Friday, May 8, 2009

Wasilla, Alaska

Governor Sarah Palin has put Wasilla on the map since she was once mayor there. I'd driven through it once before on the way to Fairbanks, but not since it became a place on the map. So I was anticipating a visit there this past weekend for my son's state wrestling tournament at the Wasilla Sports Complex.

I've heard Wasilla described as "a giant stripmall," and that was definitely my impression. Most of the city was strung along a few miles of highway, the route people must take if they are driving to Denali or Fairbanks (or anywhere north!). On a Friday evening the traffic was backed up bumpter to bumper for miles as people headed out of town. To my small town sensibilities, it was somewhat overwhelming: every fast food place in existence, traffic lights, traffic, big box stores (Fred Meyers, Target, Sears, Walmart). I hadn't realized how used to Homer I have gotten, where non-chain stores are the exception rather than the rule, and the biggest store appears to be Ulmers, the local drugstore (in the old fashioned sense of the term).

The Wasilla Sports Complex (pictured here), built at a cost of $16 million while Palin was mayor of Wasilla, is quite the complex. What you see in the picture is the hockey rink in the winter and an all-purpose room in the summer with a running track all around the top. The other half of the building is a turf room for playing soccer, and there is a pro shop, concessions and meeting rooms as well. There were nearly 700 school age kids wrestling and the stands were comfortably full but not close to packed. It never felt too crowded (and that's coming from my small town standards again!).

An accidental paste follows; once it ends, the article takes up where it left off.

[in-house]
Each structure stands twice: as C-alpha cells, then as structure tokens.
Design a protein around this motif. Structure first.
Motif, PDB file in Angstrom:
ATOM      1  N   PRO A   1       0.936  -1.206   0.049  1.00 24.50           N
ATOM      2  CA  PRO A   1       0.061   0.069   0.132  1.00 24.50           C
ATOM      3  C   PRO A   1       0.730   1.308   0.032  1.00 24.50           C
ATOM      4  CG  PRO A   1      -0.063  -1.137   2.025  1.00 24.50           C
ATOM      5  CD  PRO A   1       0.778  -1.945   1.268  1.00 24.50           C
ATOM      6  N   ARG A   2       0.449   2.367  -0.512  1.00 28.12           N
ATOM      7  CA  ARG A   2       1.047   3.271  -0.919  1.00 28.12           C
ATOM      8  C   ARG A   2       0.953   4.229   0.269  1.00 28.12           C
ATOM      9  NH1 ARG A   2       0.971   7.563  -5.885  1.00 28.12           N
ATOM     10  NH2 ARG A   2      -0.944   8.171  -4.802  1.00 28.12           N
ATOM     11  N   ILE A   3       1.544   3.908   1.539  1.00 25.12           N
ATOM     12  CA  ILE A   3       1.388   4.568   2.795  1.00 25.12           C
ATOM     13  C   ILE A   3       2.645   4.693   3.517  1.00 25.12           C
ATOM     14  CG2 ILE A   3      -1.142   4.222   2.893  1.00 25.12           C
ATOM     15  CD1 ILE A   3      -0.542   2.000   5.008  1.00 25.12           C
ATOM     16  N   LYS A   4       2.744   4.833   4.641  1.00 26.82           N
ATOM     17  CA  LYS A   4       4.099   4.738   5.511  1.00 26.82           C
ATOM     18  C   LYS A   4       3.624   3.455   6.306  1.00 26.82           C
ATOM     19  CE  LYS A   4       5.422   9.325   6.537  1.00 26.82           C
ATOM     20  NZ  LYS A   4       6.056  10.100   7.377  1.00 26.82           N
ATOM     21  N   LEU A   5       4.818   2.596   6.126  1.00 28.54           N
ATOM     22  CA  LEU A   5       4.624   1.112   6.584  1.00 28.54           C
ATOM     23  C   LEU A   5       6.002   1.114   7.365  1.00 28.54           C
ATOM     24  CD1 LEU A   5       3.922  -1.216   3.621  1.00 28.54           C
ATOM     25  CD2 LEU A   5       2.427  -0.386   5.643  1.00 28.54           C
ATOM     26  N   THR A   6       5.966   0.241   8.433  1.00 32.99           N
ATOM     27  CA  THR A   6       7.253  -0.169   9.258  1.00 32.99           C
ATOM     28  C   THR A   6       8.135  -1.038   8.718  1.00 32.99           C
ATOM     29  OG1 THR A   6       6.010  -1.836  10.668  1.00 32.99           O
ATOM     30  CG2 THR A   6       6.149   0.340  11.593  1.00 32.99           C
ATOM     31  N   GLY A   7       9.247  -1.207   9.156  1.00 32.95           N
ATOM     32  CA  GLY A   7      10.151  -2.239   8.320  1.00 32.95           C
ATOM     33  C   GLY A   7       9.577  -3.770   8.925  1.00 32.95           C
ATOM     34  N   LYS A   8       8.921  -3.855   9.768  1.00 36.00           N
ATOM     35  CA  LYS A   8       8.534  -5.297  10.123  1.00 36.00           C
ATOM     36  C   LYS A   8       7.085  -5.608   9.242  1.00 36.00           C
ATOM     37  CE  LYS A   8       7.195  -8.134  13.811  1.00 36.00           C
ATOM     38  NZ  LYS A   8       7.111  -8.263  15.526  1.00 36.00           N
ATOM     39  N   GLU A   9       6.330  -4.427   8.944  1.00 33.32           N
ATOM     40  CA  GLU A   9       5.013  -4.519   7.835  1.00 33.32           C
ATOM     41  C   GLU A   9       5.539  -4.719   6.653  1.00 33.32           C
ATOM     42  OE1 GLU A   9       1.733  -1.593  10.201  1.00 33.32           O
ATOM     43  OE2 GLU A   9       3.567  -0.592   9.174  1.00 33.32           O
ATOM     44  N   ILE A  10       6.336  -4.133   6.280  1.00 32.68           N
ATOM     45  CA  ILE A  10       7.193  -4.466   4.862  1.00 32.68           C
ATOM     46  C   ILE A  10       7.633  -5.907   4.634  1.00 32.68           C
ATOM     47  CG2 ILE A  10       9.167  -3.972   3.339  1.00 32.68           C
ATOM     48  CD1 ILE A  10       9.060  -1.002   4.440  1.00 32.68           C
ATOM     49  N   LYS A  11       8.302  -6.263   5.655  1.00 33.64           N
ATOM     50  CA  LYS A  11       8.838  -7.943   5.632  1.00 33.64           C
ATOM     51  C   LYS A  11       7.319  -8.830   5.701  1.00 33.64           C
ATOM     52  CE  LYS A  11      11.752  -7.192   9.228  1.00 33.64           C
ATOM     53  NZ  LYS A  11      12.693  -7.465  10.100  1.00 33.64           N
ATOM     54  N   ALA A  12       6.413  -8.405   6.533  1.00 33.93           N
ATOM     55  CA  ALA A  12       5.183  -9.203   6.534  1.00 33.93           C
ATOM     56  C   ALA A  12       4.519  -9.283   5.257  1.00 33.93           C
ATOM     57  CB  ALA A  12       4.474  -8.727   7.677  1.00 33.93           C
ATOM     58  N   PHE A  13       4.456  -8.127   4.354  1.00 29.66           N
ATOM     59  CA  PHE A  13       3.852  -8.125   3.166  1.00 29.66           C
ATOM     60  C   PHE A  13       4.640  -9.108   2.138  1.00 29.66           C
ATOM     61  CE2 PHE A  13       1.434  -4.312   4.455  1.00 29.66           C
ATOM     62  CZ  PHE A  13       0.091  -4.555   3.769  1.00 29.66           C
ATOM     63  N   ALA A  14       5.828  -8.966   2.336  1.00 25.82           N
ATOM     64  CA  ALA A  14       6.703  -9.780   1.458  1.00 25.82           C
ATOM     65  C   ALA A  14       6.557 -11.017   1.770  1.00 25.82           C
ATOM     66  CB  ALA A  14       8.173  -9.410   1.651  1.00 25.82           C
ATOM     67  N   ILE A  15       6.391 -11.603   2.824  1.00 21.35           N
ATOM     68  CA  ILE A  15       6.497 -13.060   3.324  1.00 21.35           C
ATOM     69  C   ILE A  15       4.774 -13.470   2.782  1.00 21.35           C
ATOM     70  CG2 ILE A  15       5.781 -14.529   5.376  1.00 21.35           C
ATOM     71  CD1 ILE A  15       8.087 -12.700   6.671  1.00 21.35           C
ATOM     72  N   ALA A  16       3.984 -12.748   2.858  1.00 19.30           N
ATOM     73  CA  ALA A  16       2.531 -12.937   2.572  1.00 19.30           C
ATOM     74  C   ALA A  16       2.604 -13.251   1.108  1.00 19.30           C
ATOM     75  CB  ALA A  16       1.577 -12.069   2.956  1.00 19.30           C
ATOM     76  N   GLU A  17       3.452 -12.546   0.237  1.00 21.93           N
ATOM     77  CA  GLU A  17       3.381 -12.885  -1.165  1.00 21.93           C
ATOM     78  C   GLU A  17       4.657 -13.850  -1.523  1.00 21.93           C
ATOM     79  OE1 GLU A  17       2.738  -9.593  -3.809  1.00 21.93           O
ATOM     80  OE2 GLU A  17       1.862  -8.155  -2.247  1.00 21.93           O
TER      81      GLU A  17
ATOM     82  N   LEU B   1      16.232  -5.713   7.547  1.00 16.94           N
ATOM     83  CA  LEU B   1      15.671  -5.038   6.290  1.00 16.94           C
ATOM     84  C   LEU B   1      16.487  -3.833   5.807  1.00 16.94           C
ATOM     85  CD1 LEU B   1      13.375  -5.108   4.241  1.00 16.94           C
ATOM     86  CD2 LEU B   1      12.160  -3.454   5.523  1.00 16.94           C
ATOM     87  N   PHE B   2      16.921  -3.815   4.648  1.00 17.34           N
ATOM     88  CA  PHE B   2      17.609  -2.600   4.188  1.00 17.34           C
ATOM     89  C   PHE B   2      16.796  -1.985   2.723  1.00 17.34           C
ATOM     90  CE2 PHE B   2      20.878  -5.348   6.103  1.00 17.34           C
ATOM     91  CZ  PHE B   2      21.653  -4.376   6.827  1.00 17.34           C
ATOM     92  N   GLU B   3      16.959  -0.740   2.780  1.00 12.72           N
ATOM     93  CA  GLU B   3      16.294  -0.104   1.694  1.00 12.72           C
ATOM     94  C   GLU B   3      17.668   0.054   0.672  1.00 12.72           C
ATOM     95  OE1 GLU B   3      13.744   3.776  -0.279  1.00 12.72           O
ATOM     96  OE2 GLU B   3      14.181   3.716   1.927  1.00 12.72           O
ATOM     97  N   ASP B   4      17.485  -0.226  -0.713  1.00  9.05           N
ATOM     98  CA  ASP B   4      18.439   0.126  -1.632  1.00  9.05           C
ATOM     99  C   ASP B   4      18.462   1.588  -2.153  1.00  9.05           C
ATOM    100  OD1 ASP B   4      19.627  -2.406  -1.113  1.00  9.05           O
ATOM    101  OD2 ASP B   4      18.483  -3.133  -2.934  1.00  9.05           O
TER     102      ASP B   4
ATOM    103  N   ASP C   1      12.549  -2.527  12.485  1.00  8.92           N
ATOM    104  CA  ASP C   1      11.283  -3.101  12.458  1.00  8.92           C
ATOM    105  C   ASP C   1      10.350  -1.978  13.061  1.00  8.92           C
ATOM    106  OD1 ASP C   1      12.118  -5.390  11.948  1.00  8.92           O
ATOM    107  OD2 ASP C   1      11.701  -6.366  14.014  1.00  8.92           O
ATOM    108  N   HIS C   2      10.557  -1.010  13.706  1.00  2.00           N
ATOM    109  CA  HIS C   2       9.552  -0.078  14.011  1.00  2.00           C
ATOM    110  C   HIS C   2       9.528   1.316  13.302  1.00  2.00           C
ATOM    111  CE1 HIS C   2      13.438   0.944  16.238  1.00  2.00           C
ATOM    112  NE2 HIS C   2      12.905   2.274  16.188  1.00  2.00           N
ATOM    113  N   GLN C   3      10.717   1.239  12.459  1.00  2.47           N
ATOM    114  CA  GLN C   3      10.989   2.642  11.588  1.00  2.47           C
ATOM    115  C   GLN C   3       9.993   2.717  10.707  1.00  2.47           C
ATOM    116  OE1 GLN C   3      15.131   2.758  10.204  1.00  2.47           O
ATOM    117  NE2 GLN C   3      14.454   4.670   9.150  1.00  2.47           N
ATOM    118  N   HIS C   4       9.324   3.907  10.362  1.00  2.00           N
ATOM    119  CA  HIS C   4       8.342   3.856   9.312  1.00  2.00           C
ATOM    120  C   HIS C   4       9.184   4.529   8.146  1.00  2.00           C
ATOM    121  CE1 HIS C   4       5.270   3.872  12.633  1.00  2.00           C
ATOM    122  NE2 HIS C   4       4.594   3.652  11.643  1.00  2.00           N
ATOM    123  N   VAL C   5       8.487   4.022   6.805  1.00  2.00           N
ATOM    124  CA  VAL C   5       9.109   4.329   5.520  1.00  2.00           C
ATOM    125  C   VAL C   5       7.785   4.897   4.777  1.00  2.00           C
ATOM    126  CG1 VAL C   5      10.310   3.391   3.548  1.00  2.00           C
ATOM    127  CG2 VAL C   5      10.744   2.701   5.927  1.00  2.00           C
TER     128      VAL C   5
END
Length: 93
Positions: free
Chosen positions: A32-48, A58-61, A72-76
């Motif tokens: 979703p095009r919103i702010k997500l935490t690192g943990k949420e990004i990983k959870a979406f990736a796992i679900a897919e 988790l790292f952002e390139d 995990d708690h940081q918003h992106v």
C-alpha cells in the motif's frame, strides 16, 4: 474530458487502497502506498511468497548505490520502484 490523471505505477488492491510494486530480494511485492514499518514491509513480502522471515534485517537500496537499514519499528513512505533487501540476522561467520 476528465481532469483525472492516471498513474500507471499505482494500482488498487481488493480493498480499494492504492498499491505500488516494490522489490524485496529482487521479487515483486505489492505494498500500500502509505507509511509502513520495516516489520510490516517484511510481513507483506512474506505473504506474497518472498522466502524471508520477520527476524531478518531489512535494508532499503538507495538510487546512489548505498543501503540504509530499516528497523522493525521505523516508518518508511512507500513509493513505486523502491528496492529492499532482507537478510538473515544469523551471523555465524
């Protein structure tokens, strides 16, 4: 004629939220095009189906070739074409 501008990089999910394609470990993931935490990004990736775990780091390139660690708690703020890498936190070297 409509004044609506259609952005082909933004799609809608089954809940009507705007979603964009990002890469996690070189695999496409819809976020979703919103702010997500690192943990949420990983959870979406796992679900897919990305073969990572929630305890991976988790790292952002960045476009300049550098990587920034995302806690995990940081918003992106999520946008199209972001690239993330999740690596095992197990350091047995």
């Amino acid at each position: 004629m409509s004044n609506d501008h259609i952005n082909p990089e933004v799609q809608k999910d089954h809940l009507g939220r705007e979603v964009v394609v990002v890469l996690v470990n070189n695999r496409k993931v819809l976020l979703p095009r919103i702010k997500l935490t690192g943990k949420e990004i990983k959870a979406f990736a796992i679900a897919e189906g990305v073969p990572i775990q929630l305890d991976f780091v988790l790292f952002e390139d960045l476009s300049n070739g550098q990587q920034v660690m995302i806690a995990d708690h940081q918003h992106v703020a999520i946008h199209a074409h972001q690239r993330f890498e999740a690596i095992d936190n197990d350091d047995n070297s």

One other very attractive feature of Wasilla is its outdoor park area just off the main drag in about the middle of town. It has one of those huge wooden playgrounds that kids can get lost in, basketball courts (that had games going on all courts when we were there), tennis courts, a skateboard park, paved walking/rollerblading/biking paths, fields to play ball on and a picnic pavilion. This park was packed on Saturday evening when we were there--a bright, sunny day in the 70's. The 70's??!! Yes--it totally freaked us out how hot it was! We checked the temps in Homer at the same time: it was in the 50's there. Needless to say, we enjoyed the warmth, though my son did comment, "I don't know how I ever put up with the heat when we lived in the Lower 48!" I think we're in the right place because we like 50's and 60's more than 70's and 80's too!

Overall, it was interesting to see the town Palin was mayor of before she became governor. Seems like quite the stretch to jump from politics in a relatively small town to Juneau!

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